The story of Yes #GFA20
by Raquel GOMEZ for Shared Future News
22 May 2018
Three short documentary films about the YES Campaign of the Good Friday Agreement (GFA) — The Story of Yes (directed by Grace Sweeney), 54 Towns (by Ryan Ralph), and Hope on the Border (by Mairead Ní Threinir) — were screened in the Crescent Arts Centre, Belfast.
Within the framework of the 20th anniversary of the GFA referendum, these three films show, through key figures, how the campaign was carried out. ‘YES’ was a positive campaign, full of hope, with a little bit of emotion along with the rational. The films have been produced by Below the Radar and funded by the Community Relations Council and Northern Ireland Screen.
The referendum on the Good Friday Agreement can be considered as the end of a long negotiation on the way forward for Northern Ireland. Twenty years ago, the ‘YES’ won by the 71.12%. It was a vote of hope for a better future.
The ‘YES’ campaign wasn’t easy; it was a battle to convince sceptical voters. Quintin Oliver, who headed up the campaign, said: “We needed to change things, we couldn’t let them continue. This motivated me to create a better society. There was a lot of scepticism; people said politicians were talking and talking and talking and nobody was listening.”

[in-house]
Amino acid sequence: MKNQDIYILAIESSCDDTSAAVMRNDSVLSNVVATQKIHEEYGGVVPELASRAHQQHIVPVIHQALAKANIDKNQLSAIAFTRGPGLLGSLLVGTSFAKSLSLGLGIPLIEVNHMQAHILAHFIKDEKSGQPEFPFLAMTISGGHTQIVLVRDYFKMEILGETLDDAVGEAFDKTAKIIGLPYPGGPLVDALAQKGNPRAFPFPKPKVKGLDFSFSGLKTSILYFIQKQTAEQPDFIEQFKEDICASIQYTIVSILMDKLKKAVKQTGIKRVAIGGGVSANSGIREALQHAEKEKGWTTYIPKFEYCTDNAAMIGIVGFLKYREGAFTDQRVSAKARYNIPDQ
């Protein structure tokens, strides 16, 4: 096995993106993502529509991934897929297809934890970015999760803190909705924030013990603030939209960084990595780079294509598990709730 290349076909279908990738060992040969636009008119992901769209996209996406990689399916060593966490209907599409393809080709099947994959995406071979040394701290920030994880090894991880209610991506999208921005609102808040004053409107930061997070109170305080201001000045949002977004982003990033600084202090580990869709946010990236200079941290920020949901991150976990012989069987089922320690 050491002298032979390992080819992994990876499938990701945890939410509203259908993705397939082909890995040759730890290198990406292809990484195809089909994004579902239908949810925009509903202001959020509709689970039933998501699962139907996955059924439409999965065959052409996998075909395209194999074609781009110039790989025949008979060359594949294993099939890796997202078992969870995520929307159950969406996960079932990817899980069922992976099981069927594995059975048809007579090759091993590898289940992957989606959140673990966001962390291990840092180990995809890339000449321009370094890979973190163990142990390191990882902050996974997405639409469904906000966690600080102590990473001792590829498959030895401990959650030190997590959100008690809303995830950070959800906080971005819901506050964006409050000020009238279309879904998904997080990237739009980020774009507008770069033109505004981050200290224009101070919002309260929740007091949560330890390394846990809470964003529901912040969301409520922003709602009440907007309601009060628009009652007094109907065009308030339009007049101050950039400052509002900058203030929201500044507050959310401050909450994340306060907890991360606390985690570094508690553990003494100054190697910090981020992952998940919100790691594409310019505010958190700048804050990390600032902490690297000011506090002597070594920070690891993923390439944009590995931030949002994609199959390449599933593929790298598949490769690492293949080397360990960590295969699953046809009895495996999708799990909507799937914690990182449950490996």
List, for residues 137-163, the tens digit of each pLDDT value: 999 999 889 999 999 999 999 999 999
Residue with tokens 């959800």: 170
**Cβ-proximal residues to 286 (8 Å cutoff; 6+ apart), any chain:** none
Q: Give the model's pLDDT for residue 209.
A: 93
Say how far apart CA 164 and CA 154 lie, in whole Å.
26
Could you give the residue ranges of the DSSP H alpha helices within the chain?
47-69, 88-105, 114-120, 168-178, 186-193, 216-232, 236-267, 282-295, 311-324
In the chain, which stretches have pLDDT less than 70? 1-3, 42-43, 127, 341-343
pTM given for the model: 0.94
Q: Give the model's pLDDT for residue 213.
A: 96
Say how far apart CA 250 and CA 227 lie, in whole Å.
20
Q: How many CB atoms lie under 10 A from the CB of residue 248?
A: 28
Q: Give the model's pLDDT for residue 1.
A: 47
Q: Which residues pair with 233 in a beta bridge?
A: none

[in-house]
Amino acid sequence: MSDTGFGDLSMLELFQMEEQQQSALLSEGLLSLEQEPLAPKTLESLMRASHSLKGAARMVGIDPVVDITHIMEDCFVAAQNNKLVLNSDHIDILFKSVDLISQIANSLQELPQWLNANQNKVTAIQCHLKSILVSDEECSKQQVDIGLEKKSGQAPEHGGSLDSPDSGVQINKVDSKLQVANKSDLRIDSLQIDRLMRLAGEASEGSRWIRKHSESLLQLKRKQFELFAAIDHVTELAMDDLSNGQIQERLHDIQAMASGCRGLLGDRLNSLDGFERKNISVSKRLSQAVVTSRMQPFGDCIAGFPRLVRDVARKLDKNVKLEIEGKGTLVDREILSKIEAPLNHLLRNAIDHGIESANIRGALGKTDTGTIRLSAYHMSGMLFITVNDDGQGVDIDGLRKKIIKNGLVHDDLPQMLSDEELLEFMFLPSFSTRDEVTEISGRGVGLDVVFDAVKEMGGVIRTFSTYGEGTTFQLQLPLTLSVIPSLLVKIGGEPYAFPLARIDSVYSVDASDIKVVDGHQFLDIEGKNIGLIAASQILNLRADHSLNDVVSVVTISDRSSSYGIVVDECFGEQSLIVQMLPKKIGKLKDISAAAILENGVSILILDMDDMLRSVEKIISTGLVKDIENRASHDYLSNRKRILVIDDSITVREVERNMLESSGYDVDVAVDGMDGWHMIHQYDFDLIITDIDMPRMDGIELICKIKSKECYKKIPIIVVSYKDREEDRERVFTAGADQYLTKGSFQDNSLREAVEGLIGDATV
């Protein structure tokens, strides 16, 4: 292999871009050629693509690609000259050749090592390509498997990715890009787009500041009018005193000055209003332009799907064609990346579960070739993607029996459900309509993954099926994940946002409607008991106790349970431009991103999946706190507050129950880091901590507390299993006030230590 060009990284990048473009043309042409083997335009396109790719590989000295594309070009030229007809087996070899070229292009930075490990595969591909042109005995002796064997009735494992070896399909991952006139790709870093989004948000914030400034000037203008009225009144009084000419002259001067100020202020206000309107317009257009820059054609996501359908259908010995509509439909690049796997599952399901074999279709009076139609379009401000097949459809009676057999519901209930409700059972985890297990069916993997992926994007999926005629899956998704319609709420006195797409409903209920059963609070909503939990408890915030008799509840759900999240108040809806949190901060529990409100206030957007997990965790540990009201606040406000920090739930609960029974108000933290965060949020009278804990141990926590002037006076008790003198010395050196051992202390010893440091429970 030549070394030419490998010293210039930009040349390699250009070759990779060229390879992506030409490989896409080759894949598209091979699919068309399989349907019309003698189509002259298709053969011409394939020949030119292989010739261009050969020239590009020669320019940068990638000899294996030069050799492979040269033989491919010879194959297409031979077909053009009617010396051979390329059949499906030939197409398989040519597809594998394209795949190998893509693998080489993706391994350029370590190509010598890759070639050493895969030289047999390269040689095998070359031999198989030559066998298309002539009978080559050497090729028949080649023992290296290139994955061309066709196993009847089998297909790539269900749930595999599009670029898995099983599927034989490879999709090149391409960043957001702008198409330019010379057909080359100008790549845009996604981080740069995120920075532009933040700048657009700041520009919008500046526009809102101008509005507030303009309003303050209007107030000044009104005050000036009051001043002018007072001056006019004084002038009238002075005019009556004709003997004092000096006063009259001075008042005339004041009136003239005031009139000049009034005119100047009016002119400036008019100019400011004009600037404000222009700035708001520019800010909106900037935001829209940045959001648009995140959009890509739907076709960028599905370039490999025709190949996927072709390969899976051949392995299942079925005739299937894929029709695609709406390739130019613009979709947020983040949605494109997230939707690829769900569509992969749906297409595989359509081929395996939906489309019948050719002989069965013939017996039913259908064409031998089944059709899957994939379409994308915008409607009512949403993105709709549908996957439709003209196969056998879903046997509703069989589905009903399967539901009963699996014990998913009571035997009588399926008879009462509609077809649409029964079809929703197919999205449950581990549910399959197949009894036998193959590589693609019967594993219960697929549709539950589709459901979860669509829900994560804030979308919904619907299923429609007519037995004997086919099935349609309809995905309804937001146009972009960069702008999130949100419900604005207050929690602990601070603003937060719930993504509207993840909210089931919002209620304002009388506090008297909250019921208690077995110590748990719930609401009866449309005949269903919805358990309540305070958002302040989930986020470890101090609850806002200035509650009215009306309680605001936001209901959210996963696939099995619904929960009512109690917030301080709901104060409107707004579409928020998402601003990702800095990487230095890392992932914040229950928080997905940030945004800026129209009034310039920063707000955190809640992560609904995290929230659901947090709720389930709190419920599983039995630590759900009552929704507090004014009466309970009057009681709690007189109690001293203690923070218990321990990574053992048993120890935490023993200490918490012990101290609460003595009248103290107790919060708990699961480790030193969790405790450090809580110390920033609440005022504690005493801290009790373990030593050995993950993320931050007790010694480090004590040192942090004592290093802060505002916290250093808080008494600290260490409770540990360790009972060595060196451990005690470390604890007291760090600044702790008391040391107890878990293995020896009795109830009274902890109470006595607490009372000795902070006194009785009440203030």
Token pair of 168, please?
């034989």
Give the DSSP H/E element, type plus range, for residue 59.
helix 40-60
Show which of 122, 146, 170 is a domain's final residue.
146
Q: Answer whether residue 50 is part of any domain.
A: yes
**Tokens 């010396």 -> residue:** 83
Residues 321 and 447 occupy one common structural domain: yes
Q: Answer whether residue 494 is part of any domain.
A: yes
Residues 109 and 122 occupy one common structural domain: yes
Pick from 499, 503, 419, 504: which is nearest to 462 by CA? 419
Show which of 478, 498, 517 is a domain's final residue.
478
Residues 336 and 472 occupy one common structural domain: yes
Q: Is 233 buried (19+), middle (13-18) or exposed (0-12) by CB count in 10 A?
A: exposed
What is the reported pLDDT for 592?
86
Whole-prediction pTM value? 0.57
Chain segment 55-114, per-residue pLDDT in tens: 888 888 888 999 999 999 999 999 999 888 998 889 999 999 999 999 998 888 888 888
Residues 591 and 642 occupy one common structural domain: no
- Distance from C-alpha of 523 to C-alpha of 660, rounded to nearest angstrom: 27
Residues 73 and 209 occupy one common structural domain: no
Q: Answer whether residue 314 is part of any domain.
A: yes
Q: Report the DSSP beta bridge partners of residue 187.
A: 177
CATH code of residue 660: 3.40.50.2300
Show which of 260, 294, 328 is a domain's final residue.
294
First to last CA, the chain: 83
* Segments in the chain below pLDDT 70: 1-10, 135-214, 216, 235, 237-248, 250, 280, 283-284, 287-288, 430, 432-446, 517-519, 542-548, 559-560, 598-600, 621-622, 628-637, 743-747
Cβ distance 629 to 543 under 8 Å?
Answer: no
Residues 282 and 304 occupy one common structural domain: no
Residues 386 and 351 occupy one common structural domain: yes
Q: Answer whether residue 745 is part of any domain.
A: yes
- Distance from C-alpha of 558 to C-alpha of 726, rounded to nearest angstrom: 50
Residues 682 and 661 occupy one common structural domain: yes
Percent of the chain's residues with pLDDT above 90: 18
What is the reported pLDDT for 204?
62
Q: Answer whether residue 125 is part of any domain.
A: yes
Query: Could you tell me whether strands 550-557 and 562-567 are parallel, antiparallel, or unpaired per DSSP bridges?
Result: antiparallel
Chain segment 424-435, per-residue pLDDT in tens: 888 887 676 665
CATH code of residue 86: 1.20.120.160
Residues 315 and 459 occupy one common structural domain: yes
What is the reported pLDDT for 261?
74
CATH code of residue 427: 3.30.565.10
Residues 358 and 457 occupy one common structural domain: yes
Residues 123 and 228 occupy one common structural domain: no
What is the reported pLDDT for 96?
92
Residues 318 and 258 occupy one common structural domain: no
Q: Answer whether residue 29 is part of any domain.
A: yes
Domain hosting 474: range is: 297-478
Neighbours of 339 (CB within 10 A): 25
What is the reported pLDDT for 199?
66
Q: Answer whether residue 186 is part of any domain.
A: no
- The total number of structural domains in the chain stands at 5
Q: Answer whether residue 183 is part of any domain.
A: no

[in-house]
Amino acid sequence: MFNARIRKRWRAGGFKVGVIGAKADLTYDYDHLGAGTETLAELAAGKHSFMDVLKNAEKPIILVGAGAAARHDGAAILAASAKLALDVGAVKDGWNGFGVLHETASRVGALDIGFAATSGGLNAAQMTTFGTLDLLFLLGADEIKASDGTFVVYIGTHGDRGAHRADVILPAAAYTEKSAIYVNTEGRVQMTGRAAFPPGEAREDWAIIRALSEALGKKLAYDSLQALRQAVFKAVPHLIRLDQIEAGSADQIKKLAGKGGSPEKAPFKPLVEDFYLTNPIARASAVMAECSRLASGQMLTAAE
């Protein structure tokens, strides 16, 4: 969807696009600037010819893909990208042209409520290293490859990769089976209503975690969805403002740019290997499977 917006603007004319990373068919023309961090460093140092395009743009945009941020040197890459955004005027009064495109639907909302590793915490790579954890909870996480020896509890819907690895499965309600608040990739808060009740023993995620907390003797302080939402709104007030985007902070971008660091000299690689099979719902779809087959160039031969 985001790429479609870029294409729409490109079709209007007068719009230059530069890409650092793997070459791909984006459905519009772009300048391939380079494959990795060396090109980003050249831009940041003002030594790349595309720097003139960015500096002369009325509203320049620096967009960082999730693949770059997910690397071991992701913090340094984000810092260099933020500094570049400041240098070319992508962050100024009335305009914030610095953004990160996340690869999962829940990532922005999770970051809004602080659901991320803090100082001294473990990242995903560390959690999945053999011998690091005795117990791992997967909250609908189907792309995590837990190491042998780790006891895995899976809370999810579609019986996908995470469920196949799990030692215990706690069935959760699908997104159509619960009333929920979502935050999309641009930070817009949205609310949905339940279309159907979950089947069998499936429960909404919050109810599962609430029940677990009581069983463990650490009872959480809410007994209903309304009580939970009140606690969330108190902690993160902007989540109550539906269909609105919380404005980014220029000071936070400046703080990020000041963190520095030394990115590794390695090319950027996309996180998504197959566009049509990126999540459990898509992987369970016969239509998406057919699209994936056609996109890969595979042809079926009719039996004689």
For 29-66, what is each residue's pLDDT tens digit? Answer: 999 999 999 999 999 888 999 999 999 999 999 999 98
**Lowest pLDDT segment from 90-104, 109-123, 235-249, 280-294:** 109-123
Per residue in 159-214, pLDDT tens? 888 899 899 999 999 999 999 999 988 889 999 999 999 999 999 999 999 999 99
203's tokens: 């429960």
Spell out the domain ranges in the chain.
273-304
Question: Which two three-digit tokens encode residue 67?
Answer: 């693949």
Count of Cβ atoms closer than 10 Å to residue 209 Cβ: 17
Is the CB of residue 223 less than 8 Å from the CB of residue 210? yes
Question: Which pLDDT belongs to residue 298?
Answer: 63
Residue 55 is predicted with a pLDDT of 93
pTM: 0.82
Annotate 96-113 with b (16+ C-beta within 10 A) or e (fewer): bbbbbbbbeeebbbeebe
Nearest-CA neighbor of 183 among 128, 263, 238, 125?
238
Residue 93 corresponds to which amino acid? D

The ‘YES’ campaign was a ‘non-party and a cross-party campaign’, which was designed in a very visual way, reflecting a complex document in a simple manner. “We had two campaigns: an air campaign through the media and a ground campaign on the streets,” explained Oliver.
Celebrities like Bono (from U2) supported ‘YES’ and big banners hung over iconic buildings. “The moment when we threw the ‘YES’ banner in the Europa Hotel was fantastic; the weather had been awful in the previous five weeks, but the sun suddenly came up,” remembers Oliver. From Belfast, the campaign was spreading across Northern Ireland to local towns and local communities.
One of the three short films, Hope on the Border, showed the hoping for peace and the support for ‘YES’ from some communities, especially those which were divided physically. The border between Co. Monaghan (Ireland) and Co. Fermanagh (Northern Ireland), where most of the roads were closed for more than twenty years, was an example of crossing the divide. Citizens reopened, on their own, one of the roads across the counties before of the GFA was signed.
Twenty years after the referendum, many things have changed. Oliver highlighted: “We have a Northern Ireland that isn’t dug in by the fear of the next bomb or the next shooting. The GFA was, as Bill Clinton said, an act of genius, not just here on this island, but across the world, because people look to us as a symbol of the democratic movement from war to peace. It rests in the history books as an important moment, when the people spoke and when the people said yes to a complex agreement that we are now still trying to operationalise and still trying to implement.”
On 22 May 1998, 71.12% of Northern Irish people voted for the end of the conflict and for a new shared beginning.